Syros Presents on Identification of Novel Fetal Hemoglobin Repressor as Part of Broader Drug Discovery Program in Sickle Cell Disease at 61st Annual ASH Meeting
Syros Pharmaceuticals (NASDAQ:SYRS), a leader in the development of medicines that control the expression of genes, today announced that it has discovered and validated a novel fetal hemoglobin repressor, Nuclear Factor I X (NFIX), using its gene control platform. The finding sheds light on how the gamma-globin gene, which leads to the production of fetal hemoglobin, is controlled and points to new potential targets for therapeutic intervention in sickle cell disease. These data will be presented in an oral presentation tomorrow at the 61st American Society of Hematology (ASH) Annual Meeting and were highlighted today in an ASH press briefing.
“This discovery highlights the power of our platform to elucidate regulatory regions of the genome to control the expression of a single gene for therapeutic benefit,” said Eric R. Olson, Ph.D., Syros’s Chief Scientific Officer. “Based on real-world genetic and clinical data from patients, we believe it is possible to provide a functional cure for sickle cell disease by switching on the gamma-globin gene, which is typically turned off at birth, to make healthy red blood cells. Our discovery of NFIX as a critical player in silencing the gamma-globin gene opens up new potential therapeutic approaches as we advance our effort to discover an oral medicine that addresses the root cause of disease in sickle cell patients.”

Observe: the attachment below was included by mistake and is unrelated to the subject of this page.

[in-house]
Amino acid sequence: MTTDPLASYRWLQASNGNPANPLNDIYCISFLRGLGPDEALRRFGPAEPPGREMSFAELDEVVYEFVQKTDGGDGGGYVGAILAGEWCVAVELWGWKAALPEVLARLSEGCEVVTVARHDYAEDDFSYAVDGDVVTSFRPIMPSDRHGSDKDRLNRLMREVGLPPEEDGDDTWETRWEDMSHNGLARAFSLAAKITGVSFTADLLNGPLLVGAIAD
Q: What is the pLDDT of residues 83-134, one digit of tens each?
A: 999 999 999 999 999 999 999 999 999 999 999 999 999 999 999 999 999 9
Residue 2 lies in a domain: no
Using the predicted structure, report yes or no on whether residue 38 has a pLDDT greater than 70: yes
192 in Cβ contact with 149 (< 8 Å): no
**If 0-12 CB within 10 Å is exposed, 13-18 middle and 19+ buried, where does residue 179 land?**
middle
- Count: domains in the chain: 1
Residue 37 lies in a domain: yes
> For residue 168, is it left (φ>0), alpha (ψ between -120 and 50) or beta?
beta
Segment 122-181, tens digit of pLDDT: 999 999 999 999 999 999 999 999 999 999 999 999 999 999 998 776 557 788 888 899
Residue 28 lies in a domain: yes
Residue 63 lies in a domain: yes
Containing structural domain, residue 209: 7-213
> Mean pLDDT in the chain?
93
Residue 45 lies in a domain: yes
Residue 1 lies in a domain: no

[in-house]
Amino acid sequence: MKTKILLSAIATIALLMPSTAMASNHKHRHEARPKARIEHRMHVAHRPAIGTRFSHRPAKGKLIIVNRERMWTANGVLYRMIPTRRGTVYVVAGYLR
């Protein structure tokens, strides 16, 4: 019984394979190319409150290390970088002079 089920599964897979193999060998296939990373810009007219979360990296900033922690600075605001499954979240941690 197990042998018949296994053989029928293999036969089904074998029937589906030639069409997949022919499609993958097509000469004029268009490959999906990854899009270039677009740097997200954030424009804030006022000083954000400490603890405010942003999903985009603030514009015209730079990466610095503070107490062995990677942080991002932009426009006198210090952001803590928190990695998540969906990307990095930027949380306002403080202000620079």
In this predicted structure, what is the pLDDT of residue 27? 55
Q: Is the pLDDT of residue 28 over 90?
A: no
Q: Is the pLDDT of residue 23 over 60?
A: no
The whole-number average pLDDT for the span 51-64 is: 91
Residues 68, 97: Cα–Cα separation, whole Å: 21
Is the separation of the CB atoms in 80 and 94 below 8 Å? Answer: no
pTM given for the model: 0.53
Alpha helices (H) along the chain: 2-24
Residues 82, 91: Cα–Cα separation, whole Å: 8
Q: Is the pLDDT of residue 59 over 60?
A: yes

The focus of Syros’ drug discovery program in sickle cell disease is to develop an oral medicine to mimic a condition found in a subset of patients, who also inherit a hereditary persistence of fetal hemoglobin (HPFH) mutation, in which the gamma-globin gene remains activated after birth. Despite having the mutated adult beta-globin gene that causes sickled cells, these patients are largely asymptomatic because the activated gamma-globin gene leads to the production of enough fetal hemoglobin for red blood cells to function normally.
Using its gene control platform, Syros scientists analyzed and compared regulatory regions of the genome in red blood cell precursors, known as erythroblasts, at various stages of maturity from fetal and adult sources to identify novel drug targets involved in the switch from fetal to adult hemoglobin expression. The genome-wide analysis pointed to NFIX as a potential fetal hemoglobin repressor. The scientists then validated the role of NFIX in silencing fetal hemoglobin by knocking down the NFIX gene in primary cells and an erythroid cell line that expresses adult hemoglobin. The data showed: